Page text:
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BARB Rolls Out Meters to Improve SVOD Viewing Measurement
New routers will measure panel members' viewing on smartphones for the first time

UK ratings agency BARB is looking to close a loophole in its cross-platform measurements by introducing meters into homes of its panel members.

The BARB reporting panel is made up of 5,300 homes (including 200 broadband-only homes) that are representative of household type, demographics, TV platform and geography. There are more than 12,000 people living in these homes.

However, tracking streaming activity of VOD services and across devices such as smartphones has been a bugbear that BARB has sought to close.

The router or Focal Meters, which BARB has commissioned for install from Kantar, will be attached to the broadband routers in panel homes and are designed to track streaming activity by any member of the household on any device, with their consent.

Among other things, the meter is intended to provide greater insight into unidentified viewing, which is TV set viewing that BARB cannot identify and which accounted for 19% of total TV set use in 2018.

A significant portion of unidentified viewing is believed to comprise of viewing to SVOD and online video services. Subject to further evaluation, router meters are anticipated to facilitate the reporting of aggregate-level viewing of these services but will still not cover viewing of SVOD services like Netflix and Amazon Prime, which have not signed to BARB.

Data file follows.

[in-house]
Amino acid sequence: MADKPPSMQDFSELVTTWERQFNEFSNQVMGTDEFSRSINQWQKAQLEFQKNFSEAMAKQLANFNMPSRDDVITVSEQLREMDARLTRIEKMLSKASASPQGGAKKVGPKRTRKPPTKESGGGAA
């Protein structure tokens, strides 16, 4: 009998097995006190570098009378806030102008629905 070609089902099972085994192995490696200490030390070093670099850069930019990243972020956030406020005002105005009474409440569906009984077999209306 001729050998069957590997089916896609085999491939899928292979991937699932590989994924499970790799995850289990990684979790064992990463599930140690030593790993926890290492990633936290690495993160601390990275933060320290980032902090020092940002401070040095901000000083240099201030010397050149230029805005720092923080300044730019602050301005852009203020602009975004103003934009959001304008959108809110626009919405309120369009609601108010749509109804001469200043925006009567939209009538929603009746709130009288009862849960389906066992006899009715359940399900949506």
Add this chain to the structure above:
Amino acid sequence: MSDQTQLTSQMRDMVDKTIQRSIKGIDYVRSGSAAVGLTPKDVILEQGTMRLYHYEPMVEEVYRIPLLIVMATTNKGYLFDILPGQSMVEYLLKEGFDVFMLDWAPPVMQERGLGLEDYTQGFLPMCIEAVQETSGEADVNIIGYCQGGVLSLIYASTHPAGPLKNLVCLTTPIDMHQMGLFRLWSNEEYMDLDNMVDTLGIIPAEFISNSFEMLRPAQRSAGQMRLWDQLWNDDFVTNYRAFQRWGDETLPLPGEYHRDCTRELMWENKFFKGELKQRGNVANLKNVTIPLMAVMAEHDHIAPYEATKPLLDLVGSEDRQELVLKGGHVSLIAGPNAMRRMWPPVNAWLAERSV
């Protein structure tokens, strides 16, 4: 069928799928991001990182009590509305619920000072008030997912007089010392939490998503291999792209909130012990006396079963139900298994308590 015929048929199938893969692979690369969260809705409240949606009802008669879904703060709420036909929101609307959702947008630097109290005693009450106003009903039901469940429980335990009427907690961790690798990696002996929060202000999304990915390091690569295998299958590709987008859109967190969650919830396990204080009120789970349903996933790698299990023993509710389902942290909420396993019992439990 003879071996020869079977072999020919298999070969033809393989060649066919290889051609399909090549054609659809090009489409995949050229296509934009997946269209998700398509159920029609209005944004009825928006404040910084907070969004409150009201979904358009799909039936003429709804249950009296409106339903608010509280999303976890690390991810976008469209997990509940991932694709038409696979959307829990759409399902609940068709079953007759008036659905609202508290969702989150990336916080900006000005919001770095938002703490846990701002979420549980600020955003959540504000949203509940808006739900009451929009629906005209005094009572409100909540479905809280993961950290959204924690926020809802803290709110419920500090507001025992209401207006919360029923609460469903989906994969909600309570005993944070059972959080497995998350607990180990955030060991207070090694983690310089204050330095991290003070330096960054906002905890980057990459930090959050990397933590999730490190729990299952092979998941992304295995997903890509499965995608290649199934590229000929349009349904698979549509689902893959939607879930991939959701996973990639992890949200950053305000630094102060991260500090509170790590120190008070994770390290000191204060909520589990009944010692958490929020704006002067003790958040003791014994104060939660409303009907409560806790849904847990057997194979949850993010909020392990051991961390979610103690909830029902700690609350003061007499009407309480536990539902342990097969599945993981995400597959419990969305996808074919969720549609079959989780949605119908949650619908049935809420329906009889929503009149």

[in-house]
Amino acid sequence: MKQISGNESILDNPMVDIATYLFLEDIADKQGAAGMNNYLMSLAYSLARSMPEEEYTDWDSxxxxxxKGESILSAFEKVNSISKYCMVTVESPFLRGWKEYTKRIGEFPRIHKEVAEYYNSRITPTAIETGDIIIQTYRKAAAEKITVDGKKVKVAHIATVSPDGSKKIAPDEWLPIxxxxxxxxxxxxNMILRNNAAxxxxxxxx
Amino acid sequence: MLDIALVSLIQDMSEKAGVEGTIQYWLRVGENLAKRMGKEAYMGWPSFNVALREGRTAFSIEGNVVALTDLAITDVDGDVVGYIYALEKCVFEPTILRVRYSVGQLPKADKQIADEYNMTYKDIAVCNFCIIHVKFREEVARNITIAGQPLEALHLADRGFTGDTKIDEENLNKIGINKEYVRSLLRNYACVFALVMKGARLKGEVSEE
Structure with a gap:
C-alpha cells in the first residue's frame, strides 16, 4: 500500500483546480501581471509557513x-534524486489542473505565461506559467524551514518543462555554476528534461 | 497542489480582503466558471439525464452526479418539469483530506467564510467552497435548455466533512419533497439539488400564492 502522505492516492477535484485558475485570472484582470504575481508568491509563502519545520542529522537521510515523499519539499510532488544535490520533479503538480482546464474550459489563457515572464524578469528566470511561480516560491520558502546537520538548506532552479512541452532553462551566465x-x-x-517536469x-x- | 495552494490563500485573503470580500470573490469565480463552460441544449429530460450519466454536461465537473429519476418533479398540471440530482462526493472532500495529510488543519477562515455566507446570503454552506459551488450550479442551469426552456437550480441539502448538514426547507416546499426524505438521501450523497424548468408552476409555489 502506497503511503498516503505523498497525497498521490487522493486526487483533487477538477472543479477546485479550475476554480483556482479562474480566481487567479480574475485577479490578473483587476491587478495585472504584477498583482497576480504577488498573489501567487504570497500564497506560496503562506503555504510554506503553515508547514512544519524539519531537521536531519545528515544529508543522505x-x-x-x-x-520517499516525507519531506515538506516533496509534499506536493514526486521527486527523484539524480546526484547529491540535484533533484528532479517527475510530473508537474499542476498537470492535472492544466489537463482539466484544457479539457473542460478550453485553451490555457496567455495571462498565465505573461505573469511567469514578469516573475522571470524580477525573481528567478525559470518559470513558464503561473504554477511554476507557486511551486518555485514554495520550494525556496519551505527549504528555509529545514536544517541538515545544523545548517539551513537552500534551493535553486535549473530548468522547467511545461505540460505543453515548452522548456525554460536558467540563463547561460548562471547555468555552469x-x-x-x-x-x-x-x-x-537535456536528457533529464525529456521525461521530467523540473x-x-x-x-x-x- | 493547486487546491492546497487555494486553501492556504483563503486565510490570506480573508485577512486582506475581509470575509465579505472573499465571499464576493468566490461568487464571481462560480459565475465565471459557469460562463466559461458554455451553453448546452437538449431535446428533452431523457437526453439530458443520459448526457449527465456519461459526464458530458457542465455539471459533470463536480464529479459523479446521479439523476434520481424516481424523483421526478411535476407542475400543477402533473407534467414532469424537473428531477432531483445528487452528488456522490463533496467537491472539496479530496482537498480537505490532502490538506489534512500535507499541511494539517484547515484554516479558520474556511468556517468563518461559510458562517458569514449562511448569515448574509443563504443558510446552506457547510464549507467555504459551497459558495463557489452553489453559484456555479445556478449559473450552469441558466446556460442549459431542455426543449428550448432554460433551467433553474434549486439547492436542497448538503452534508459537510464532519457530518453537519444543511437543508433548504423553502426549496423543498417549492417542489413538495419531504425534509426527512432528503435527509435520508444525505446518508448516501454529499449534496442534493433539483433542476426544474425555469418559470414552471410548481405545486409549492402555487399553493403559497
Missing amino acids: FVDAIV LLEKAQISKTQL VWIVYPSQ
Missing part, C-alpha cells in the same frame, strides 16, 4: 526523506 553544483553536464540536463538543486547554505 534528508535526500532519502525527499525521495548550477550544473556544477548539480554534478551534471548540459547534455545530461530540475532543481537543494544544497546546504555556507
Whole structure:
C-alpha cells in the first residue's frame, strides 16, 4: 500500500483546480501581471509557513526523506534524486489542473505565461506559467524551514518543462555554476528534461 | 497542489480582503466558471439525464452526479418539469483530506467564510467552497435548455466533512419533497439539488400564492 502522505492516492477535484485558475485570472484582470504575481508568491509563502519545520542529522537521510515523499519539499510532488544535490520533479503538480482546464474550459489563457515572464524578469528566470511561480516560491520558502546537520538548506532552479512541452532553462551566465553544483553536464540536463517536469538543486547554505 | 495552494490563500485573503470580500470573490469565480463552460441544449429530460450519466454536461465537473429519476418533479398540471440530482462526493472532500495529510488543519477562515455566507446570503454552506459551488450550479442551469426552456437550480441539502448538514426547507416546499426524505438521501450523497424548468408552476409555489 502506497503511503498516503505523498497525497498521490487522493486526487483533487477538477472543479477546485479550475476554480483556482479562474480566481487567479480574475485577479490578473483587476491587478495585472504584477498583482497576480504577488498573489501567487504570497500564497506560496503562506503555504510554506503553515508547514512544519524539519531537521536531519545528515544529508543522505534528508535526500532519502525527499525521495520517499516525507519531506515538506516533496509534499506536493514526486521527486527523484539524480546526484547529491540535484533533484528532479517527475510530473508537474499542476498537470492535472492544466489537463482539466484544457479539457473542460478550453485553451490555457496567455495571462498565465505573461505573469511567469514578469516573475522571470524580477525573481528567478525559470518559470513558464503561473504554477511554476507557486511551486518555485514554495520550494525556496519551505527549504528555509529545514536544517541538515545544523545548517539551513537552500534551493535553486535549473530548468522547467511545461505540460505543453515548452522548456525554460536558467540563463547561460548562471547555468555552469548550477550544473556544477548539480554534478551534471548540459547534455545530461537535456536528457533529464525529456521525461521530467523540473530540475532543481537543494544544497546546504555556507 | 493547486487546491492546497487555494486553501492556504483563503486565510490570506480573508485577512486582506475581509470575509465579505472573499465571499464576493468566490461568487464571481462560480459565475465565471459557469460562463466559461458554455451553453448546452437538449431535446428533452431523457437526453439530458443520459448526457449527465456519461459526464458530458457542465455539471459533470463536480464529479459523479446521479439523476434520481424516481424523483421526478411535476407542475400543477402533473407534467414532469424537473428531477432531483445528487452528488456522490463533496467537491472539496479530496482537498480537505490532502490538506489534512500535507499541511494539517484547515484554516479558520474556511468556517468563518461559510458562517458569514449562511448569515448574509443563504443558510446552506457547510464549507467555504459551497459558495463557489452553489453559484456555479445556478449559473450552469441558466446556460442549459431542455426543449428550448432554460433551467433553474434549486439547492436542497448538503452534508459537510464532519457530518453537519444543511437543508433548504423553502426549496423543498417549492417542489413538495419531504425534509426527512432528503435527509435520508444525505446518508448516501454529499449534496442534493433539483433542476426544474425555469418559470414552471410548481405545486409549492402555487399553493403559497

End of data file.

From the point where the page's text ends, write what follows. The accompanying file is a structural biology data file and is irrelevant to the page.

The meters will also distinguish whether post-broadcast viewing was done through a tagged broadcast VOD (BVOD) service or via playback of a PVR recording. Currently, BARB can only make this distinction in panel homes with Sky; router meters will extend this capability to all panel homes.

At present, BARB has device-based census data for smartphone viewing. Router meters will also enable the demographic profiles of smartphone viewing to be reported.

However, the devices will only track video streaming activity from a designated list of BVOD, SVOD and online video services; other types of internet activity will not be tracked.  

Kantar will begin to install its router meters into new and existing BARB panel homes in October.

"Whether it is live streaming or watching on-demand, people around the UK are getting used to watching content that's been distributed through BVOD services and other online platforms," says Justin Sampson, BARB’s chief executive. "This is why a meter attached to the broadband router in panel homes is a vital capability for BARB to have."

BARB is also running a tender process for agencies to record audience data from the time the contract with Kantar ends in 2022. It is expected that router meters will form part of the winning solution.

A notable recent example of measurement of non-TV set audiences reveals that 4.6 million people watched the June 3 episode of ITV2 reality show Love Island on a TV, and a further 1.3m watched on a tablet, PC or smartphone.

Generally, BARB finds that viewing on non-TV devices adds around 1.3% to TV set viewing, but this does vary by genre and programme—and Love Island is the show with the highest levels of non-TV viewing, with an uplift of 29%.